Conversely, the FEEA is criticized, because it has long anastomotic lines, and it is thought that it may have a higher rate of complications than other techniques[16]. All stapled procedures have an inherent risk of anastomotic errors, which is independent of the devices used. Inspection post-deployment involved a visual assessment of the anastomotic donuts, air leak testing, and endoscopic examination of the staple line. Those errors identified on post-deployment inspection were considered anastomotic errors[25]. Circular stapling techniques are also associated with intraoperative mishaps in up to 10% of cases[26]. Anastomotic error involved operator error, staple line defects, incomplete donuts, and primary device failure. Offodile et al.[25] reported that the incidence of circular stapler device technical error was 19%. In our series, the more common error types for the ESA group were anastomotic bleeding and inadequate donuts. The error types for the FEEA group were anastomotic bleeding from the line of anastomosis. Regarding this, a check should always be carried out and any bleeding point secured with a suture, before completing the anastomosis.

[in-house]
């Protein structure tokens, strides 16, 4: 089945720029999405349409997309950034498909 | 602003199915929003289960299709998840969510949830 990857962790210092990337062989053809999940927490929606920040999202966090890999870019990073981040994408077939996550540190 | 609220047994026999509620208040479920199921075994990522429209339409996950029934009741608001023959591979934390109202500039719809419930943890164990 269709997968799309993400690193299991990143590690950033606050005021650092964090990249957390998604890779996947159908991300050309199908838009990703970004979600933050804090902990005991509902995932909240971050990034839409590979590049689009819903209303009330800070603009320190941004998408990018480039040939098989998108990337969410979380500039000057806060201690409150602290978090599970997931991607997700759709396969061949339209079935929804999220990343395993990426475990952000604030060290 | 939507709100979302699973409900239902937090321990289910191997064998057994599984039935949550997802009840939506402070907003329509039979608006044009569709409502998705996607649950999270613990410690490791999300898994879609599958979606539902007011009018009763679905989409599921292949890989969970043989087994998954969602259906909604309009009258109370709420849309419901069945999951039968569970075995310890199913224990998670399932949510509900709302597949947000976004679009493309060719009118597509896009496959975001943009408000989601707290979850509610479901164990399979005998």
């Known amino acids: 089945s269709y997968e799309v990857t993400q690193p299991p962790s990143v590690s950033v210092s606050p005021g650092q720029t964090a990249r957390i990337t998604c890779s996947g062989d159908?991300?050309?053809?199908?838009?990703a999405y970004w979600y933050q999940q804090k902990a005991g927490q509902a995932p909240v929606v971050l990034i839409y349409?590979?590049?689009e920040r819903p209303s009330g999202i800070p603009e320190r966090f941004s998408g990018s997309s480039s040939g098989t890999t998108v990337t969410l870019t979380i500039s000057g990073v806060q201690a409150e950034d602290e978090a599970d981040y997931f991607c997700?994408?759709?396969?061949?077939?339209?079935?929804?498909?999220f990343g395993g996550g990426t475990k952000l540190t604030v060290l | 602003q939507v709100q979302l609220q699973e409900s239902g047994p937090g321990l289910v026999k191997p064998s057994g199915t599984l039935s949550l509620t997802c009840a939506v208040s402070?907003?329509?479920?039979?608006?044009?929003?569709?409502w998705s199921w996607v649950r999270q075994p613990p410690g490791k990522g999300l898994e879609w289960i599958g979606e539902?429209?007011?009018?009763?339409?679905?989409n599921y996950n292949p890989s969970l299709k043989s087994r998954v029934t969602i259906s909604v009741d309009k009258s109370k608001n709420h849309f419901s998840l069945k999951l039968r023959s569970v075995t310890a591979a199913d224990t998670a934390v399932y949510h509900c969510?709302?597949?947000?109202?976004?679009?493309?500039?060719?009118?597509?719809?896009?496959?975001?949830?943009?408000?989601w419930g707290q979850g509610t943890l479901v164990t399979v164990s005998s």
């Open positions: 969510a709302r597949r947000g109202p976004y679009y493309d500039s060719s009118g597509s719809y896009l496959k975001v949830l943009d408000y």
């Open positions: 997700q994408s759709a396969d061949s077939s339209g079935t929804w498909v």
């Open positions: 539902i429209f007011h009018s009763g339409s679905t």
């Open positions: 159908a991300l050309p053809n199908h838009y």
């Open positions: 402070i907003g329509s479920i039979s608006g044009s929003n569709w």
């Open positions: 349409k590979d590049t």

It is commonly recognized that FEEA is an easy and timesaving technique. In 2007, the Cochrane Collaboration published a meta-analysis of randomized controlled trials regarding ileocolonic anastomoses; their findings recommended a FEEA following a right hemicolectomy, particularly if this operation is performed for a colon cancer[27]. In our study, the operating time was significantly shorter in the FEEA group than in the ESA group. The actual time required for anastomosis should be shorter in the FEEA group than in the ESA group. Although anastomotic configuration is considered a relevant factor of complications, the overall incidence of complications associated with both groups is minimal, showing that FEEA is safe. Moreover, emergency colectomies were not included, as they are obviously associated with higher infective and anastomotic failure rates.